The Wineberserkers topic on this is now on page 109. Some people have gotten the wine owed them but not all have… obviously. The business still seems to be functioning, with wine inbound and shipping orders from stock… not that it would seem prudent to become a new customer at this point. What sticks out to me is that there a whole lot of people who spend a WHOLE lot of money on French wine.


It’s not the retail store that’s an issue. People who walk into the store, pick up a bottle, and buy it actually get to was out of the store with it, too.

The retail store has long been a VERY minor part of their business. (Remember, I sold wine to them starting back in the 1990s.) They were one of the earliest web-based wine retailers. They originally solicited sales the “old-fashioned way,” by picking up the telephone and calling clients (e.g.: I’ve got a small parcel of 1982 Château Pétrus coming in – it’s only $$$$ – how many cases do you want?"). This evolved into offerings by fax, email and then a website.

Originally, the only reason to actually go to the retail store was to pick up the wine you ordered via phone (by credit card). And with the growth in shipping came a) a more widespread geographic customer base (including overseas), and b) no reason whatsoever to actually set foot inside their store. Indeed, most days, you could fire an AK-47 (or perhaps an AR-15) with 30-round clips inside the store, reload and do it again and again, and never hit an actual customer . . .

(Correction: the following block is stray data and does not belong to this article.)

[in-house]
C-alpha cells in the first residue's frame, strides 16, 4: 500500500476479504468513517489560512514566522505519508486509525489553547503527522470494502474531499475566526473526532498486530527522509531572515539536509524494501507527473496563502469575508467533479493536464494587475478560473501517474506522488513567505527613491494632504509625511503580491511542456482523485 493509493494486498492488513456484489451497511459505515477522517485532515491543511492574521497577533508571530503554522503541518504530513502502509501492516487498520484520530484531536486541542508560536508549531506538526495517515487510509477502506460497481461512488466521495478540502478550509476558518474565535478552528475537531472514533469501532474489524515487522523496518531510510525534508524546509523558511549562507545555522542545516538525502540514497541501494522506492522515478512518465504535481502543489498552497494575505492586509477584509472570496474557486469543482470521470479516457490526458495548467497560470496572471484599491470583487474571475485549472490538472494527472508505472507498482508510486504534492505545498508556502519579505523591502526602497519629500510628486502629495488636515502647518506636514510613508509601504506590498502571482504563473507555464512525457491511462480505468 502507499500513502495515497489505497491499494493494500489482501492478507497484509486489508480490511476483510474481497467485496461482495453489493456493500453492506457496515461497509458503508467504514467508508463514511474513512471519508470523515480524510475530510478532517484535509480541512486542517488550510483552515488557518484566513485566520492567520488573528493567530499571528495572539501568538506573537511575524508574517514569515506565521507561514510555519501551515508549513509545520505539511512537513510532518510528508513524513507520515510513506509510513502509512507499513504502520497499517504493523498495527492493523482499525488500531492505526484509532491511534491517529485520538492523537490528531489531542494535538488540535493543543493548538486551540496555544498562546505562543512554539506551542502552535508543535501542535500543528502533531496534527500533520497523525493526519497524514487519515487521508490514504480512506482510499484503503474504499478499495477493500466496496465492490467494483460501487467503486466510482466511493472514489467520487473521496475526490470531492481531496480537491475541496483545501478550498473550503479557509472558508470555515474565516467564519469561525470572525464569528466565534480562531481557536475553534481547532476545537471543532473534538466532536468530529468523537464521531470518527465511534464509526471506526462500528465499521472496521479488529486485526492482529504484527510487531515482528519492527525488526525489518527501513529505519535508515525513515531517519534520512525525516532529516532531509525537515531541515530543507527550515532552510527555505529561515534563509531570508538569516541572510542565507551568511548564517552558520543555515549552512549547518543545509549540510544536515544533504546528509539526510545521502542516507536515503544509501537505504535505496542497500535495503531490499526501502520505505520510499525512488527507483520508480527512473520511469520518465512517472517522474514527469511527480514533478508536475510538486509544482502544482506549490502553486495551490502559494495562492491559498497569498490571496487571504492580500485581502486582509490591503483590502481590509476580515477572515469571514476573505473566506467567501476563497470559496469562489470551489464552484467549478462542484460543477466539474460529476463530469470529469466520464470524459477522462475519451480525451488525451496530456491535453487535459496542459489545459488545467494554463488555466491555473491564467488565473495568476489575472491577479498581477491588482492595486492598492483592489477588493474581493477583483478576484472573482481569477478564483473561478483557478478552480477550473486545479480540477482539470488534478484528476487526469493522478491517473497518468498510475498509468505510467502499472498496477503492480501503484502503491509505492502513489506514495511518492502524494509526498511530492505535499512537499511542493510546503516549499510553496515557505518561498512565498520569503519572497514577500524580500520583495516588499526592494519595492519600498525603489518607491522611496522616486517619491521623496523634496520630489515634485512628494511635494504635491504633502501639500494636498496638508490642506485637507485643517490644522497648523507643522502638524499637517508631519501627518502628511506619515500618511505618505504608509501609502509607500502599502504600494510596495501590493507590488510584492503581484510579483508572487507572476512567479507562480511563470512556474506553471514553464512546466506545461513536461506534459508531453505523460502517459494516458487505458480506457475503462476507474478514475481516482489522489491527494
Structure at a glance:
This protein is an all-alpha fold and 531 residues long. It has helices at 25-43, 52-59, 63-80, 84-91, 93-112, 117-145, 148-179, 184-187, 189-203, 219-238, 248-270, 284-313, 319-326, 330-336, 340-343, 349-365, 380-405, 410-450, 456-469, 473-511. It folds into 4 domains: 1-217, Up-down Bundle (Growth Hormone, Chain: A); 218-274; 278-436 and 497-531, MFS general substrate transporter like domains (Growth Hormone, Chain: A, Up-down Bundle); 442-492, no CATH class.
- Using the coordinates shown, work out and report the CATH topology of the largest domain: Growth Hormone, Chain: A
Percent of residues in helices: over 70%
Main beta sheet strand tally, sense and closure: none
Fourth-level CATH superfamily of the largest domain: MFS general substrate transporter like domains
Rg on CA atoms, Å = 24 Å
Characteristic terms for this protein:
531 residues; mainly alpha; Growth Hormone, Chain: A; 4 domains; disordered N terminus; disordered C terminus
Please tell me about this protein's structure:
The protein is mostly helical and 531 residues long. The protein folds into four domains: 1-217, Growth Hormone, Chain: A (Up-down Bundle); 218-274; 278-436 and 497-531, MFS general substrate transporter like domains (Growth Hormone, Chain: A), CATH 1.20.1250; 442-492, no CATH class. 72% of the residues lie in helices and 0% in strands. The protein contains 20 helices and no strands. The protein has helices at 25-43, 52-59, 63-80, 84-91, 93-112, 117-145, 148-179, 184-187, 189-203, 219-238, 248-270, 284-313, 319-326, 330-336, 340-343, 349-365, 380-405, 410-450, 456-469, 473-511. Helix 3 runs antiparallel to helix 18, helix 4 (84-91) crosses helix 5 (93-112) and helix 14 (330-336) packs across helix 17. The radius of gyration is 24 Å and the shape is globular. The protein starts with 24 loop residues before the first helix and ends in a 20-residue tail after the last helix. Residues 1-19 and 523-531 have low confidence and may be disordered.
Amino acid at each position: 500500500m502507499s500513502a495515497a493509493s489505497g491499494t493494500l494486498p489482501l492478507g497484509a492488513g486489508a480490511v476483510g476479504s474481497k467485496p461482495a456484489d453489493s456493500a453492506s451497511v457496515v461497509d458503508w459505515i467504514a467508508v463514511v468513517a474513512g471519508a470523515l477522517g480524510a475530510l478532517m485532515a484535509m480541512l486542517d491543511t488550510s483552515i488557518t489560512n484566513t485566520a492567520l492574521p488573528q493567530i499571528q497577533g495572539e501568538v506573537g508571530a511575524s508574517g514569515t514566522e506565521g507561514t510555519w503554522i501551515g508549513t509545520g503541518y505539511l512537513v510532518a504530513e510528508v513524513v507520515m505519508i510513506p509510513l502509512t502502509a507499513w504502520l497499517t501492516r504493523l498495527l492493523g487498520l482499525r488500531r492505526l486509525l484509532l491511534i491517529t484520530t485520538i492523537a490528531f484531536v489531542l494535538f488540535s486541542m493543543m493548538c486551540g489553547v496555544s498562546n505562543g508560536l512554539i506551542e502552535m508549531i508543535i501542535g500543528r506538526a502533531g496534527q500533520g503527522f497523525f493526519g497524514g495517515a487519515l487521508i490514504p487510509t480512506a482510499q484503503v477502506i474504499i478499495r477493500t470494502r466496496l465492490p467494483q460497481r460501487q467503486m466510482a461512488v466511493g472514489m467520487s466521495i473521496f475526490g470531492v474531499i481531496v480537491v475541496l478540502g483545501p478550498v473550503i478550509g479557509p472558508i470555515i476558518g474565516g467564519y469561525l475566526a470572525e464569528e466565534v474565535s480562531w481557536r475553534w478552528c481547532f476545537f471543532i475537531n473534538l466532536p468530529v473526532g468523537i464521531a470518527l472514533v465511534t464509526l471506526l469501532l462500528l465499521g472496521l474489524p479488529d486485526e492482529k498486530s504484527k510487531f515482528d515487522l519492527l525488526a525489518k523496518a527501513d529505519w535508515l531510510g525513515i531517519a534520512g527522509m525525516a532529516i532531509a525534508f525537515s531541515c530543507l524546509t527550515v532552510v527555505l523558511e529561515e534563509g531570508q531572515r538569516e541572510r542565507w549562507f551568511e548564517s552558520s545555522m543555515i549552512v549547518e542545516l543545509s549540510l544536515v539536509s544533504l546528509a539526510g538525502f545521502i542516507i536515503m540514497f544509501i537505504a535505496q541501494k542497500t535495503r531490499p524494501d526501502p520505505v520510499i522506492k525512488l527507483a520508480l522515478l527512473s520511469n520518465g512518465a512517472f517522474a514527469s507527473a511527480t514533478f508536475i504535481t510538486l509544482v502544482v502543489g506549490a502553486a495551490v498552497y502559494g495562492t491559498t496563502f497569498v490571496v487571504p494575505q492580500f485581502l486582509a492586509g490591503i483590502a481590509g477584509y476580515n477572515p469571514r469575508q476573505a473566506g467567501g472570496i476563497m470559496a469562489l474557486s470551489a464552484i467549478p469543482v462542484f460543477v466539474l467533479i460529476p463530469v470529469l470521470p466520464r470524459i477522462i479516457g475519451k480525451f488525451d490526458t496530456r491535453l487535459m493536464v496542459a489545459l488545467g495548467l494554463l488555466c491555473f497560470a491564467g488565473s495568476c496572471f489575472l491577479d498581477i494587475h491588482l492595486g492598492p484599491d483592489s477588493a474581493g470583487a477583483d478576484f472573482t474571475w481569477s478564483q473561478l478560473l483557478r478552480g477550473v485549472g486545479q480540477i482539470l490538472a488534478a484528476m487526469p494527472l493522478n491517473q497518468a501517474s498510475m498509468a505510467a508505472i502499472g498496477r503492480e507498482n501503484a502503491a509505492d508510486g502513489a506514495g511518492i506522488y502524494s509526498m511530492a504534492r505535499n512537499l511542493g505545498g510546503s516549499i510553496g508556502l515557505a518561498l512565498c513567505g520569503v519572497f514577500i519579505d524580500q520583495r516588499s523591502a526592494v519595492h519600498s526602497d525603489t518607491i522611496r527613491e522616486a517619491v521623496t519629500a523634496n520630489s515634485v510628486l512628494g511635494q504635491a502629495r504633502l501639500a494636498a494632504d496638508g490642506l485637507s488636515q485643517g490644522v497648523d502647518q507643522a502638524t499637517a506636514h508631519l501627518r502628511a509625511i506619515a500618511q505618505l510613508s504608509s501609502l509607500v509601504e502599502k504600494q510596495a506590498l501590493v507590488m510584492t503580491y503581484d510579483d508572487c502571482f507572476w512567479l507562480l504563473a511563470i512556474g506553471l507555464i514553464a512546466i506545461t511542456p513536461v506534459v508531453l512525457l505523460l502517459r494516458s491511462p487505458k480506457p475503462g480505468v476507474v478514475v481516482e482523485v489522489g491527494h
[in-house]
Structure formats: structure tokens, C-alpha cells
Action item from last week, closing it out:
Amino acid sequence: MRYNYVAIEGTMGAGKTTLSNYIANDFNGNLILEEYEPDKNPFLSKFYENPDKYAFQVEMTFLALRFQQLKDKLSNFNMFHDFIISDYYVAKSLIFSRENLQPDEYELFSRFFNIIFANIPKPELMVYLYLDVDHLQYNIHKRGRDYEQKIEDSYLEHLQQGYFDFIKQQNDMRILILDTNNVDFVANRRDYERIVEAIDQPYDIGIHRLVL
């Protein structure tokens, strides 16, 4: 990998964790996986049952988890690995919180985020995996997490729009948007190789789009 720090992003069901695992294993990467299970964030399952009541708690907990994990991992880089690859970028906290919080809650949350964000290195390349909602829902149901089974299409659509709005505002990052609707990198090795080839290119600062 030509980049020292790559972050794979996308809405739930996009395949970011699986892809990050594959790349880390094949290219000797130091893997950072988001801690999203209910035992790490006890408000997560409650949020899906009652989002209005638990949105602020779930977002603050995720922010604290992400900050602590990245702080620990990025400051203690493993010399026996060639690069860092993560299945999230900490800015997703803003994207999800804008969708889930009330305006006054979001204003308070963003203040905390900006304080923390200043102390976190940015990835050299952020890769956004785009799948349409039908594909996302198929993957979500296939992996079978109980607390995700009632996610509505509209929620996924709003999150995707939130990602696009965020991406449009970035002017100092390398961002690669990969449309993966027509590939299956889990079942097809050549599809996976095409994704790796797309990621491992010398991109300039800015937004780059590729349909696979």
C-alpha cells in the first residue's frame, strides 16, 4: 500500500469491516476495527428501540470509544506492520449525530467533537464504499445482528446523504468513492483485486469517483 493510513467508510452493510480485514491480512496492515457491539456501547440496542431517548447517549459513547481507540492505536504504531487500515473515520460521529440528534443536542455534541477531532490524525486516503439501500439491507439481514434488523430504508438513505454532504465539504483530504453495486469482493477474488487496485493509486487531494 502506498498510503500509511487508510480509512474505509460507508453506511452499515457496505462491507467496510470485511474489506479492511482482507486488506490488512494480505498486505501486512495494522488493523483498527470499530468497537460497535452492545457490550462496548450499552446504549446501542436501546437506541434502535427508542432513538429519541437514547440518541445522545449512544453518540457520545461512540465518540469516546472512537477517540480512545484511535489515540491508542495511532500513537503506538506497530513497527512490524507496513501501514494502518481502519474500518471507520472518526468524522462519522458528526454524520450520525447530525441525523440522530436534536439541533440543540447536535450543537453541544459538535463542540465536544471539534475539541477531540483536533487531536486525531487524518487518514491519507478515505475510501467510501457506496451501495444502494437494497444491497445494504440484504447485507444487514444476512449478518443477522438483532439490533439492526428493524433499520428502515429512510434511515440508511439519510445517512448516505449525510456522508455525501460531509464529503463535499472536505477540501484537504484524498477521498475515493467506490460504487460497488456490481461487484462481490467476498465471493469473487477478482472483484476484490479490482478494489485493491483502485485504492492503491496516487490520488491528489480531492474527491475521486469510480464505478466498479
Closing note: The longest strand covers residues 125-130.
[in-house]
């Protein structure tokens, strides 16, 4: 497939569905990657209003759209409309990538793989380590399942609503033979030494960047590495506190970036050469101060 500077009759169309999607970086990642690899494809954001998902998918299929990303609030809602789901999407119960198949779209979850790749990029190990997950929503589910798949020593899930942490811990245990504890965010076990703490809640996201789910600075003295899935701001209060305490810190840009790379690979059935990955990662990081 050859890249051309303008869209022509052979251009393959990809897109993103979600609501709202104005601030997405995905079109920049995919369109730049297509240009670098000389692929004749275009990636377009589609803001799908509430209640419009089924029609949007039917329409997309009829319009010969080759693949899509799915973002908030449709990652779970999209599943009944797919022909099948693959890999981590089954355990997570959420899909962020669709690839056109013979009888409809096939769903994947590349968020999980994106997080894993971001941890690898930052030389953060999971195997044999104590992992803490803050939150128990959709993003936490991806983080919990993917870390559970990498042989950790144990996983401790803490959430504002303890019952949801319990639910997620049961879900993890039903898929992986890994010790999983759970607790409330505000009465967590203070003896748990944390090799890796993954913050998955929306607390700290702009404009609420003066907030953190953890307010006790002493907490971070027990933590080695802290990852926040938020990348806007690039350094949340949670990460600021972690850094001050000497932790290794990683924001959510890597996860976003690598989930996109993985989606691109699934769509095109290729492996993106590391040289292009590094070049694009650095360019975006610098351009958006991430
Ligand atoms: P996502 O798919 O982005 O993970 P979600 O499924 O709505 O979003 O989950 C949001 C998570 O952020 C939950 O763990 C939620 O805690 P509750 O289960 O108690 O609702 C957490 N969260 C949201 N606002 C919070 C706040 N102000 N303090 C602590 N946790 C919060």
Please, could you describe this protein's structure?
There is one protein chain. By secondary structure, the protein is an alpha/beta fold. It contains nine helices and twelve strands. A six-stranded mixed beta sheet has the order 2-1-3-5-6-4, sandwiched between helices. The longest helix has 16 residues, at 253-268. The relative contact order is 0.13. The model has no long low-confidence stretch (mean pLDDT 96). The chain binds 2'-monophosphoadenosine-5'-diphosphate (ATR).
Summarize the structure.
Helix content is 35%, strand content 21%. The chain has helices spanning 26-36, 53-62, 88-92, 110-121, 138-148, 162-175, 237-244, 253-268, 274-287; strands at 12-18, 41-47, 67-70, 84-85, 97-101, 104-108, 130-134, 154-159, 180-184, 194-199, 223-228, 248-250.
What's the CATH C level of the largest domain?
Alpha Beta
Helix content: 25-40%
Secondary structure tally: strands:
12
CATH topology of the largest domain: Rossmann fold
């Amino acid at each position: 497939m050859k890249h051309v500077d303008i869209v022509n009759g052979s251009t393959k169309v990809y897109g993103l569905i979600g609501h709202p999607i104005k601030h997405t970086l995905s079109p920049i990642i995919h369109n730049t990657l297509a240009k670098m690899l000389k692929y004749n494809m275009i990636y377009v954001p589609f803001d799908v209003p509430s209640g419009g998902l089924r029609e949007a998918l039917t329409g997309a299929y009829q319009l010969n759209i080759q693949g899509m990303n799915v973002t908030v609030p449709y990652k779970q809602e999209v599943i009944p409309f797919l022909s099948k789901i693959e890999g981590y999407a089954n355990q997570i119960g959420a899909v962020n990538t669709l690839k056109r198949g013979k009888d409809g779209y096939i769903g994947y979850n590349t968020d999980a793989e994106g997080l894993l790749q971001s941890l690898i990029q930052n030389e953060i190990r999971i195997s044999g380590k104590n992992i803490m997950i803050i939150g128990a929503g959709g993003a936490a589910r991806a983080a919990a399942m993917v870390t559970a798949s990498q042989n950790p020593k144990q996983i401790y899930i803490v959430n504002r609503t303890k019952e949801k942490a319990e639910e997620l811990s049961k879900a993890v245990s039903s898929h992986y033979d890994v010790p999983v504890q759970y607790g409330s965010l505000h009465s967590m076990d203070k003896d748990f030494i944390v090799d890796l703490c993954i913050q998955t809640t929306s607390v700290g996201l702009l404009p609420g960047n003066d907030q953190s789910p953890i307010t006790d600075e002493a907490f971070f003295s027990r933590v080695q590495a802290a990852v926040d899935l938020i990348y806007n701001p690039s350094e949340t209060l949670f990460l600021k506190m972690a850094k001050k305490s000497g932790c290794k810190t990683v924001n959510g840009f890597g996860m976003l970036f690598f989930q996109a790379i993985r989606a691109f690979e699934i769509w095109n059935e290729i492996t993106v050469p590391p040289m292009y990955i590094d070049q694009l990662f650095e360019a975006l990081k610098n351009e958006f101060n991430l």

Well, they also had a good bargain-bin/closeout section. I’d go into the Emeryville store, breeze past the increasingly sparse shelves, and there was usually a decent $10-$15 bottle in the closeouts. But a retail store can’t survive on that, and in any event they eliminated it in the move to Berkeley.


At this point, they were probably more concerned with someone pointing it at the proprietors, not any customers, and accordingly, the less chance for public direct interaction, the better for them.


Yes, well . . . my point is that – long before the scandal became public – the retail store was ALWAYS empty. It was a sideline of their business, not a main function.


Yes, I got your point :wine_glass: :stuck_out_tongue:


Jason, somewhere in the last few of those 109 pages it says that the retail store has now closed.


Yes, and my point was (and still is) that the retail store is by and large irrelevant to their business model . . . it’s all online and shipping. (Even more so than WineEx, and significantly more so than K&L.)


I would recommend reading the Berserker thread. There are a lot of people with first hand experience and long term exposure who have posted their recent experiences.

It’s not just the closing of the physical store that is the problem. The bounced checks of less than $100, the seized bank accounts showing only 9k in the account, the multimillion dollar lawsuits…the business model of sourcing current wine with 50% off futures may have finally caught up to them. Their weekly emails have stopped.

They are unlike KL because they were/are very highly leveraged in futures. See their website of 142 in stock wines vs 1k+ prearrival.

Like any business or stock, past performance does not guarantee future results.


Yes. I agree with everything you’ve said and – no offense – none of it is exactly news to me. Indeed, I’ve been waiting for this business to collapse for some 20+ years.


Seems like you sometimes think someone is challenging you when all they’re doing is stating a fact.